Post 90.

Last Friday, I completed International Women’s Day by walking the labyrinth at the Anglican Church in Port of Spain. The labyrinth is pre-Christian and associated with meditation and contemplation, and for me, the divine feminine. As I arrived, eight primary schoolgirls flocked to the gate like curious brown and black birds, wanting to follow my steps. ‘The labyrinth is magical’, I said, ‘walk along its path, picture what you want to be when you grow up and imagine that it will happen. Then, as you follow the curves back out, give thanks for everything that will help you fulfill that dream’.

What did these little girls want to be? ‘A billionaire’, said the first one. ‘Barbie’, said the second. ‘A pop star’, said another. ‘A dancer’, said a fourth. One wanted to be a doctor, influencing the billionaire-aspirant to say she now wanted to be a doctor too. ‘Who wants to be a flower?’ I asked. One of them chimed in, ‘what about being a Kiskeedee’? ‘Or a dolpin’? I suggested, glad that these little girls could still imagine without boundaries.

I traced the pattern like a mother duck with a buoyant brood of bright, beautiful and powerful young, telling them the magic of the labyrinth is that it teaches you to focus on your steps and direction until your journey is complete. When we reached the centre, we held hands and affirmed our aspirations. One little one said she wanted to be a police, another a teacher. ‘That’s cool’, I said, ‘I’m a teacher’. ‘And, I want to be a sunflower’, she added. ‘Yes’, I agreed, ‘I’ve always dreamt of being a sunflower too’.

I’ve walked that labyrinth before but never with such bubbling, giggling joy for nothing but the adventure of the moment. On the way back, we gave thanks for the stars and the sun, the sea and the animals. A different little girl now holding hands with me gave thanks for our homes, another for food, another for friends, and, one added, for being popular. Whatever I went to meditate on was completely forgotten and no longer mattered which, I suppose, was my lesson to learn.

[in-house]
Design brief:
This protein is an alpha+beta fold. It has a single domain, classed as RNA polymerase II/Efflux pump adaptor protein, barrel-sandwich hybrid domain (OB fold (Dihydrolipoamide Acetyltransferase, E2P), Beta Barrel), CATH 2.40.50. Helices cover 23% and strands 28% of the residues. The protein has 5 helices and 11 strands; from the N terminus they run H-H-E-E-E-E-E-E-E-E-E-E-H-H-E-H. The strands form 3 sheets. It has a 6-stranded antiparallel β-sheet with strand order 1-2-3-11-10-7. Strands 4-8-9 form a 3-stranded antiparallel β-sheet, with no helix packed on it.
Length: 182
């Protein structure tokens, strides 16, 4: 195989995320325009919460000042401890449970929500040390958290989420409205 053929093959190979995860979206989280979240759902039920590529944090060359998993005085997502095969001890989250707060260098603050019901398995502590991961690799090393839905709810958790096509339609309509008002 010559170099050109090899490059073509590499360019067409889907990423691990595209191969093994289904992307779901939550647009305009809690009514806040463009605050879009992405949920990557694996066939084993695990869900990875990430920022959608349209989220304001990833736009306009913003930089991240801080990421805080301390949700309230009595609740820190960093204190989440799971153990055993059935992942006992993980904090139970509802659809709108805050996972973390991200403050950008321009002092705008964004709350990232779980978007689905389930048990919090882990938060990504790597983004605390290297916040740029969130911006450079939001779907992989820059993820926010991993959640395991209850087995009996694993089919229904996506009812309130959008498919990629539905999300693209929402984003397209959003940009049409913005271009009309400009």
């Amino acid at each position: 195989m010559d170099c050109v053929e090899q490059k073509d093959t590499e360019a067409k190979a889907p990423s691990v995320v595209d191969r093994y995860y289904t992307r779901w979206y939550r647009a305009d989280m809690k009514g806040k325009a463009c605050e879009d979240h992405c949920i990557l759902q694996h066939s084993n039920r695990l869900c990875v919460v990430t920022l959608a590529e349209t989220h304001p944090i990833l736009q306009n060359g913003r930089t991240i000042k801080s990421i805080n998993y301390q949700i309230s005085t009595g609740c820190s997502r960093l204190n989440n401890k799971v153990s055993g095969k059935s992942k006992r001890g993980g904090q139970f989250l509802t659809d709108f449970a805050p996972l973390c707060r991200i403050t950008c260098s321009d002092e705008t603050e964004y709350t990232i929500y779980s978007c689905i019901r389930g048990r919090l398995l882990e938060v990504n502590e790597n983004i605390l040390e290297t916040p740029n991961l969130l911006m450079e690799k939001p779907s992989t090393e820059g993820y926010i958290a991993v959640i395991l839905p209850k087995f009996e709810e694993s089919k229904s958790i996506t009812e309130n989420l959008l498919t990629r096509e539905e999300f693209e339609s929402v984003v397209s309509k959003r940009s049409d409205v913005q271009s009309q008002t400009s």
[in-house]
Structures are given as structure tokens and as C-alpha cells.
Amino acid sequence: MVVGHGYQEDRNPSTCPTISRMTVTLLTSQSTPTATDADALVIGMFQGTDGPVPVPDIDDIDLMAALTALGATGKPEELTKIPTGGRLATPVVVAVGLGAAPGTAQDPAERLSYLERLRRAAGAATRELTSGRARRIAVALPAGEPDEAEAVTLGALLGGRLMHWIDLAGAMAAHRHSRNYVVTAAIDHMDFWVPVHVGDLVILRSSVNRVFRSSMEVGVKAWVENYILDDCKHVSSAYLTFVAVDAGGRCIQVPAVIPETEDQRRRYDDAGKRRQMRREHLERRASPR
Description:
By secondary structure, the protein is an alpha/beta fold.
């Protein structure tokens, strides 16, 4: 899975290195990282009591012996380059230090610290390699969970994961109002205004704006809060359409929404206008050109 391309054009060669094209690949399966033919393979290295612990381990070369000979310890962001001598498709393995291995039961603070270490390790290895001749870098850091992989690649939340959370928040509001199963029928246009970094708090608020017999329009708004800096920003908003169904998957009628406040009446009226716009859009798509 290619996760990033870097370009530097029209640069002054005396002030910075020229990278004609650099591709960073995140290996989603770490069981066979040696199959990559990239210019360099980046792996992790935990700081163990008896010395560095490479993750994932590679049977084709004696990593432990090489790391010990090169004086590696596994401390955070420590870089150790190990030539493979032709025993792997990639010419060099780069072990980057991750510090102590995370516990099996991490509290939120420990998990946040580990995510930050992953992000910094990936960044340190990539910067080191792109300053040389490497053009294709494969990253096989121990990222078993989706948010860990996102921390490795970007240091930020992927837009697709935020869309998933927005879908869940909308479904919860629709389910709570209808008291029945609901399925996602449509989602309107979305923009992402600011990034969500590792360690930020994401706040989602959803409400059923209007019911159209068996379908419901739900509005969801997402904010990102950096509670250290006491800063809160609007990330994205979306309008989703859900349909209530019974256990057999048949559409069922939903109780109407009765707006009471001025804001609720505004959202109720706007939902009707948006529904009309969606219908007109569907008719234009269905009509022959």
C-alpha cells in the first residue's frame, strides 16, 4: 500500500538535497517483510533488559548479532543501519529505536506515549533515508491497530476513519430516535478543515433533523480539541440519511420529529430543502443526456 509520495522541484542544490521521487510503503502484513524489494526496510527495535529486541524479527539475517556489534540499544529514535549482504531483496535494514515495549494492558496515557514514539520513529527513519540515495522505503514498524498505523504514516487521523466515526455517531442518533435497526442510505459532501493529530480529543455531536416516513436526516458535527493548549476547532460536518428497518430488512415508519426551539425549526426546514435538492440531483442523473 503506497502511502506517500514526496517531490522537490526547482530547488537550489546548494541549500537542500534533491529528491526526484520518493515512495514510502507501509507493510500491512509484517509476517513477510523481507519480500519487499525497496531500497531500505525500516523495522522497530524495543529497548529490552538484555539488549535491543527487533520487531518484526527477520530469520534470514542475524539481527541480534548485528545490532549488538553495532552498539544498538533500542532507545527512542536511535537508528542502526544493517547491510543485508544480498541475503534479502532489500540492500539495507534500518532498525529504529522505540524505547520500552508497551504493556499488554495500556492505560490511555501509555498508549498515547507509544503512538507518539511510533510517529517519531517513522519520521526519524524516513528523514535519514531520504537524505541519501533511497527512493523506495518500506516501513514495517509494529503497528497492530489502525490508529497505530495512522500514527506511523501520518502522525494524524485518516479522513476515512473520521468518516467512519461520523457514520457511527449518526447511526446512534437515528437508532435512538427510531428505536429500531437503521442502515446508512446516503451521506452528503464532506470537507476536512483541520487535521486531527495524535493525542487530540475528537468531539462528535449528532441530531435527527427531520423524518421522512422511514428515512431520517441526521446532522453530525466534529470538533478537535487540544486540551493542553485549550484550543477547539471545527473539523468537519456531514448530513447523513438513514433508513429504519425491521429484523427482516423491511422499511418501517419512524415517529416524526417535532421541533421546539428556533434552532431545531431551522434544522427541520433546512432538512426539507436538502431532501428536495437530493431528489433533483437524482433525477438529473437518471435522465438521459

I could only be grateful for the reminder that feminism needs to continue to struggle to offer girls options beyond bling, Barbie and pop-stardom so that they also live with fantasies of being Nobel Prize scientists and inventors, history-setting architects and engineers, astronauts, world leaders and, yes, police, doctors, mothers and sunflowers too. We still need revolution in a world where men rule irresponsibly, selling bodies and fame as girls’ biggest assets and best hope, marketing the myth that their moneymaker doesn’t refer to their minds. As with the labyrinth, they will have to navigate sharp twists and turns, meandering paths and unexpected directions as they find their way. I was blessed enough to encounter them long enough to say, you are the future divine feminine, be unafraid.

When we ended back at the beginning, these little birds scattered, skipping away with a confident playfulness I wish I still had. I experienced both happiness and renewed passion for a politics that seeks to conquer, with love, labour and even laughter, every form of violence and inequality that defines girls by less than their boldest dreams. I got hugs more vast that the sky itself from their skinny arms before I walked away into the dusty traffic, knowing by instinct rather than logic, I had just witnessed the labyrinth work its most enchanting magic.